Freakonomics (12A)

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The ViewLondon Review

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Review byMatthew Turner03/12/2010

Three out of Five stars
Running time: 85 mins

Engaging, entertaining and frequently fascinating documentary, though some of the sections are less successful than others and their relevance to the central theme isn't always obvious.

What's it all about?
Freakonomics is a documentary comprised of four short films by different directors, each illustrating various economic theories from the best-selling book by “rogue” economist Steven Levitt and journalist Stephen Dubner. The pair also appear as talking heads in each of the four films as well as in linking sections directed by The King of Kong director Seth Gordon, the first of which lays out the book's primary theme about the way in which incentives can be used to explain people's behaviour.

The four shorts are as follows: A Roshanda by Any Other Name, in which director Morgan Spurlock (Super Size Me) explores the lack of correlation between a person's name and their success in life; Pure Corruption, in which director Alex Gibney (Taxi to the Dark Side) looks at corruption in Sumo wrestling; Eugene Jarecki's animated section It's Not Always a Wonderful Life, which finds a shocking connection between the legalisation of abortion and a drop in crime rates twenty years later; and Can a Ninth Grader be Bribed to Succeed? by Heidi Ewing and Rachel Grady (Jesus Camp), which follows two 14-year-old students to see if their grades improve when their Chicago school conducts a controversial experiment where pupils are offered financial rewards for better results.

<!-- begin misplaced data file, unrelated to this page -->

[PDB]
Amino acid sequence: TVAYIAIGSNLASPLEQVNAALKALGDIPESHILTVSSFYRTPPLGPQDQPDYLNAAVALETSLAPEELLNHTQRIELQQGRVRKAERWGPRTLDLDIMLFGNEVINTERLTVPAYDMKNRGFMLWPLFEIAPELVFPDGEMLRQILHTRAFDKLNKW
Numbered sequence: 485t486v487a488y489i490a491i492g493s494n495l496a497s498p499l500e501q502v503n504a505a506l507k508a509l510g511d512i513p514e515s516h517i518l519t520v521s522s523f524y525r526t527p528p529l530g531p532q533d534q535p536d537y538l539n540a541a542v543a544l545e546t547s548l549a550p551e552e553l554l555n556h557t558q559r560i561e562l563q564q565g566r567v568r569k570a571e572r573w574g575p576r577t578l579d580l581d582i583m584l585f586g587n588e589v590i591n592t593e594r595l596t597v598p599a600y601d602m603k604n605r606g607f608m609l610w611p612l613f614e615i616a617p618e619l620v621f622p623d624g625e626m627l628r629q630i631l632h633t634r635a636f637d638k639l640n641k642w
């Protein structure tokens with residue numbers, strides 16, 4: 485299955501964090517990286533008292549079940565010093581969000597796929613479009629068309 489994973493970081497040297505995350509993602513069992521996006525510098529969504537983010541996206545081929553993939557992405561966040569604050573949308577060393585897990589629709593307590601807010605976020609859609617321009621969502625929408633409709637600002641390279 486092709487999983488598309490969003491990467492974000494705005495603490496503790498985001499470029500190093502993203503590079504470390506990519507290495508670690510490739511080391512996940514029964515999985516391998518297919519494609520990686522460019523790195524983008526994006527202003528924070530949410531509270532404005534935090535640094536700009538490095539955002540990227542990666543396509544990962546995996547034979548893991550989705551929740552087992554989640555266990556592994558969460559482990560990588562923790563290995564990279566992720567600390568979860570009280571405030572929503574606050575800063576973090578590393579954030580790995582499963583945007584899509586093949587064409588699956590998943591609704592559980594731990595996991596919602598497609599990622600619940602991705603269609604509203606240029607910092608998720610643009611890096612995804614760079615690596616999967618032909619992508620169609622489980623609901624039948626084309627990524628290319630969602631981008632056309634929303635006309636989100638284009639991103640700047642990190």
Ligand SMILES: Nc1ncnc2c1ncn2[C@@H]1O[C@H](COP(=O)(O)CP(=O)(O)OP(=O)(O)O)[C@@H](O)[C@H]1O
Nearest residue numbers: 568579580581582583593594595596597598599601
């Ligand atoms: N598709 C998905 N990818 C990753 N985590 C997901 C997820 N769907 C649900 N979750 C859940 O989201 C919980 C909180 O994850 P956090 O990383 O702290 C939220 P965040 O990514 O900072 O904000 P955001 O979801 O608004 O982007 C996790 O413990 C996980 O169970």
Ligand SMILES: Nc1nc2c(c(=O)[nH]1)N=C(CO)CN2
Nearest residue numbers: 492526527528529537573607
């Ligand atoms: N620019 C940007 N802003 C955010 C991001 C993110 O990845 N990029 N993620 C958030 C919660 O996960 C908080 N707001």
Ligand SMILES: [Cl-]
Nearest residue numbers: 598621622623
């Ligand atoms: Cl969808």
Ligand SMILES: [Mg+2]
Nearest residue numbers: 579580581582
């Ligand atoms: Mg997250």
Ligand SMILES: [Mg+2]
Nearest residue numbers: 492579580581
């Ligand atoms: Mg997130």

The Good
Levitt and Dubner make an engaging double act and present some genuinely fascinating theories – the sequence that illustrates why you should never listen to your estate agent is particularly eye-opening. The short films are equally entertaining and informative, though only the Sumo film and the bribery experiment seem directly tied to the central theme.

The Bad
That said, despite all being well made, each of the sections has its own problems and they often feel shallow and under explored as a result of time constraints. Spurlock's film is frustrating because it concludes that there's no relation between a name and success while clearly illustrating that the opposite is true (when it demonstrates that obviously black names take longer to find jobs than their white equivalents); similarly, the bribery experiment takes no account of personality and aptitude and the film refuses to address its own obvious flaws.

Worth seeing?
Freakonomics is an engaging, likeable documentary that examines some thought-provoking theories, though some of the shorts might have worked better as in depth, full length features. Worth seeing.

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Content updated: 24/10/2017 03:18

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